You can totally start your rice by cooking the vegetables and then push them to one side of the pan and crack in your eggs and get scrambling. We find that the eggs can easily overcook this way, so prefer to scramble them separately first.
What other flavour goes into fried rice?
Aside from sesame oil, we stir in crushed garlic, soy sauce, and ginger.
Can I add other ingredients?
Absolutely! As we said, fried rice is endlessly adaptable. Fry up some bacon and toss in some kimchi and you've got an unreal Bacon Kimchi Fried Rice. Or, add some diced pineapple for a sweet twist on the classic.
Editor's Note: This introduction to this recipe was updated on 21/7/20 to include more information about the dish. The recipe title was also changed.
Fried Rice History
While the exact origins of fried rice are lost to history, it’s believed that it was invented sometime during the Sui dynasty (A.D. 589–618), in the city of Yangzhou in eastern Jiangsu province.
Yangchow (Yangzhou) fried rice is still the standard by which all other Chinese fried rice dishes are judged: morsels of fluffy rice tossed with roast pork, prawns, scallions, and peas. In American-Chinese restaurants, you’ll sometimes find it called "special fried rice."
Today, fried rice dishes are found throughout China, particularly in the south, where rice is the staple grain.
Gungjung Tteokbokki (Korean Royal Court Rice Cakes)
Linda Xiao for The New York Times. Food Stylist: Judy Kim.
This savory-sweet rice cake dish is similar to the tteokbokki that was served in the Korean royal court during the Joseon Dynasty. Its spicy gochujang-rich younger cousin is better-known, but this milder version was created before the introduction of chile peppers to Korean cuisine. Gungjung tteokbokki has a complex sauce of roasted sesame oil, soy sauce and aromatics. Beef, vegetables and chewy-tender rice cakes, which are sold in the refrigerated section of Korean markets, are simmered with the sauce until it reduces to a velvety glaze. For a vegetarian meal, simply omit the beef. (The mushrooms add plenty of meaty flavor.) Mung bean sprouts add texture, but they can be left out, if you can’t find them.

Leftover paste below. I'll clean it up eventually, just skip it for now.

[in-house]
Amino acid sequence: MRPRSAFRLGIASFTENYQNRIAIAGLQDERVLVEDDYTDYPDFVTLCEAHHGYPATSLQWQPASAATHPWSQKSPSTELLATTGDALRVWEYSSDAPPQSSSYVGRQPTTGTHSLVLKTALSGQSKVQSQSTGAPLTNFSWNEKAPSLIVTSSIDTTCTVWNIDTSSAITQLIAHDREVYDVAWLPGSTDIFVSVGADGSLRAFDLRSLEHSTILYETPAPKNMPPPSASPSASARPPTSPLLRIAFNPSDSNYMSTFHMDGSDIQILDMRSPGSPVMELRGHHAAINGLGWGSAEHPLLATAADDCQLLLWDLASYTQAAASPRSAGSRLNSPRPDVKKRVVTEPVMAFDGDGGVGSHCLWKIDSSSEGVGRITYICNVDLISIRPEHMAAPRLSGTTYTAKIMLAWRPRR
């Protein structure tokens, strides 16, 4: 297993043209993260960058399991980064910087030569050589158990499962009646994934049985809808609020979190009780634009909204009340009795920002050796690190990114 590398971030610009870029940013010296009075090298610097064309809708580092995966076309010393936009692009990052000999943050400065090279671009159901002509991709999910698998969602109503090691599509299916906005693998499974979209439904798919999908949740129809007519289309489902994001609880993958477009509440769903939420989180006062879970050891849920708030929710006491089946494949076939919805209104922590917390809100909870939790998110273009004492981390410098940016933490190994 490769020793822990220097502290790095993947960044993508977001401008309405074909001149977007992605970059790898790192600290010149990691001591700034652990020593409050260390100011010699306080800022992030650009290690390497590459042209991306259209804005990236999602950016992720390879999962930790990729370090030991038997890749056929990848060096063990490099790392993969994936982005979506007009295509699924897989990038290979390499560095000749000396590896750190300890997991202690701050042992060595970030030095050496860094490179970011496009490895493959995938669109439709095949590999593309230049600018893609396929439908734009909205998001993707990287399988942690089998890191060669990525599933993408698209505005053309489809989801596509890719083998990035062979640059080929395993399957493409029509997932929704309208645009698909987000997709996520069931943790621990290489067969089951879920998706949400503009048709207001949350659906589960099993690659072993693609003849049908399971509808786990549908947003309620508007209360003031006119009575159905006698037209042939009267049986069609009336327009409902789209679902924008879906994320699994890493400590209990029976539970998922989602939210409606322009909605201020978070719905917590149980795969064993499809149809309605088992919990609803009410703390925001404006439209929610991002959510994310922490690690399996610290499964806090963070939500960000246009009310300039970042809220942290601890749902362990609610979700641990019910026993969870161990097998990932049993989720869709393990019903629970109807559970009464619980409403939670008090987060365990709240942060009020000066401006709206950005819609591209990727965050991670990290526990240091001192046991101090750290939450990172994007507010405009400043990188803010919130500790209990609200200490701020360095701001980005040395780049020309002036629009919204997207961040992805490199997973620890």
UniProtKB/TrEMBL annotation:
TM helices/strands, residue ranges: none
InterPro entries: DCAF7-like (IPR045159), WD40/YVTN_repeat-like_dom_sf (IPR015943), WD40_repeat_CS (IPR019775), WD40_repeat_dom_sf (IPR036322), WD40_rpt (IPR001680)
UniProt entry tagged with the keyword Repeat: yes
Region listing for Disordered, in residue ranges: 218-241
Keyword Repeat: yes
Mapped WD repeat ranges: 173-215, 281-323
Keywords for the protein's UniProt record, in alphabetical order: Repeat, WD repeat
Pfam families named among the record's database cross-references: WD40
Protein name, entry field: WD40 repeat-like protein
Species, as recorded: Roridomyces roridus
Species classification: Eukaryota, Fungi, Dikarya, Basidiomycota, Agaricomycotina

How to Make Cauliflower Rice at Home Using This Simple Recipe
Kiersten Hickman/Eat This, Not That!
While I sure do love a good serving of carbs, I always like to find ways to lower the carb count on my meals. I'm a huge fan of making zucchini noodles (also known as "zoodles"), and more recently I have discovered a love for cauliflower rice recipes, too.
Now I've never been a huge fan of rice in general. Unless it's fried rice mixed with pork and steamed vegetables from our go-to Chinese takeout spot down the road, I'm usually not one to make it. I have experimented with some recipes using rice before, and while they turned out just fine, it's still not my cup of tea. This is where cauliflower rice, thankfully enough, has come to the rescue.
Some recipes even call for cauliflower rice specifically, like this Paleo Tomato Chicken Curry, keeping it low-carb yet tasty for all. You could also attempt to make a cauliflower crust for pizza using this rice, or even some cauliflower "tater tots" if you're feeling extra adventurous. Or, my personal favorite, a simple fried rice with teriyaki sauce, soy sauce, sauteed vegetables, and a scrambled egg.
There are so many creative uses for cauliflower rice, your possibilities are endless. I'm sharing my easy step-by-step guide to making cauliflower rice at home. This recipe can easily be doubled so you can meal prep and save some for future meals, too!